Risks[edit | edit source]

Acute Mountain Sickness[edit | edit source]

Non-acclimatised individuals with quick or short term exposure to moderate altitude may experience something called Acute Mountain Sickness (AMS). This is a self-limiting condition similar to a hang-over or a migraine attack. This condition can be treated with rest, and can be prevented with slow, staged, gradual ascent, or hypoxic exposure training (pre-acclimatisation). Severe obesity or pulmonary conditions are risk factors for AMS, and thus should be a precaution for any staff or personnel accompanying the athletes at moderate altitude. [2]

Living or sleeping at moderate altitude, however, would not cause discomfort from hypoxia. Exposures from a few minutes to a few hours to even greater altitudes (5000-6000m) are too short to cause AMS, and would be tolerated by healthy athletes at rest and during exercise. In addition, life-threatening high-altitude pulmonary oedema and cerebral oedema seldom occur below 3000-4000m, though this can be the case after several days of exposure at the higher-altitude locations. [2]

The severity of the symptoms of AMS progressively increase with higher altitudes. These can be assessed with the Lake Louise scoring system.

Symptoms can include a headache, and one of:

  • Fatigue,
  • Dizziness,
  • Nausea,
  • Anorexia, or
  • Sleep disturbance. [4]

Check out the Acute Mountain Sickness page for more information on this condition.

Here is a video which describes 3 tips on how to prevent altitude sickness:

Here is another interesting video describing AMS, and a breathing technique (Wim Hof breathing method) to acclimatise to high altitude:

High-Altitude Pulmonary Oedema[edit | edit source]

HAPE is a condition that can occur following AMS. Check out the page on High-Altitude Pulmonary Oedema for more information on this condition.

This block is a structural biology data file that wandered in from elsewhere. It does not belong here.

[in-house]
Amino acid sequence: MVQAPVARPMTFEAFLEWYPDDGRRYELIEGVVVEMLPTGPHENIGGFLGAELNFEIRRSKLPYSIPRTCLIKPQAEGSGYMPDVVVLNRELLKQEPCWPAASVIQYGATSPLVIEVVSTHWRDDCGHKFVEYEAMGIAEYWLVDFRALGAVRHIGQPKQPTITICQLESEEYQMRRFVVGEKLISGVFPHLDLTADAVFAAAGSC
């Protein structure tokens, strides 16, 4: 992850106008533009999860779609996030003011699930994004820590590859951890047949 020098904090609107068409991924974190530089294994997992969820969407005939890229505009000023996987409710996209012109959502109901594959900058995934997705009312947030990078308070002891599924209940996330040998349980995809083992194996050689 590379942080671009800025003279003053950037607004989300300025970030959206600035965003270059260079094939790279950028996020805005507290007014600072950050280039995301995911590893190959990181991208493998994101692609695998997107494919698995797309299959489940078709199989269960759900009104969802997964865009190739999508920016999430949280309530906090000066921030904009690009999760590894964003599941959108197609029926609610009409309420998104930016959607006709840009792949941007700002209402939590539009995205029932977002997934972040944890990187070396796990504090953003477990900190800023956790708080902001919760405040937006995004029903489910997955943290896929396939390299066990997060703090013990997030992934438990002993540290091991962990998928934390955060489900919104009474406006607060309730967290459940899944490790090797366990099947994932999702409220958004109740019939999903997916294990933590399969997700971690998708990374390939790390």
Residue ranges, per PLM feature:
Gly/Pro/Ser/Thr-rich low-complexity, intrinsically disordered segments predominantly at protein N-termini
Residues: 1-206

Diabetics[edit | edit source]

Athletes or trekkers who are diabetic (with Type I or Type II diabetes) encounter the same kind of adaptations as healthy individuals to the reduced partial pressure of oxygen at altitude, such as increased ventilation, heart rate, blood pressure, and hormonal responses. However, increased counter-regulatory hormones would inhibit glycemic control, specifically if acute mountain sickness occurs. Also, high-altitude induced anorexia and an increased use of energy can make dysglycaemia more likely for individuals, unless their medications are controlled accordingly. In these cases, blood glucose needs to be frequently monitored. In addition, readings may be inaccurate at higher altitude and lower temperatures.[4]

It is seen that exercise at low-to-moderate altitude will have a greater usage of carbohydrates to produce ATP. Fat and protein utilisation occurs with a rise in cortisol and catecholamines, increasing with altitude. [4]

A 2-3 week exposure at high-altitude can induce an increase in free fatty acid breakdown during exercise, possibly to preserve muscle glycogen. Energy usage per day will alter the insulin requirement for the diabetic individuals, especially depending on their food and fluid intake, and fluid loss. High carbohydrate snacks are best for individuals with diabetes, as they are readily edible, especially at altitude. This is good for diabetics who are taking insulin, to maintain energy and prevent hypoglycemia. Altitude can cause hypoglycemia or hyperglycemia in individuals with diabetes, and may also reduce one's appetite. Hypoglycemia may readily occur since carbohydrates may take longer to absorb with the decreased arterial O2 saturation. [4]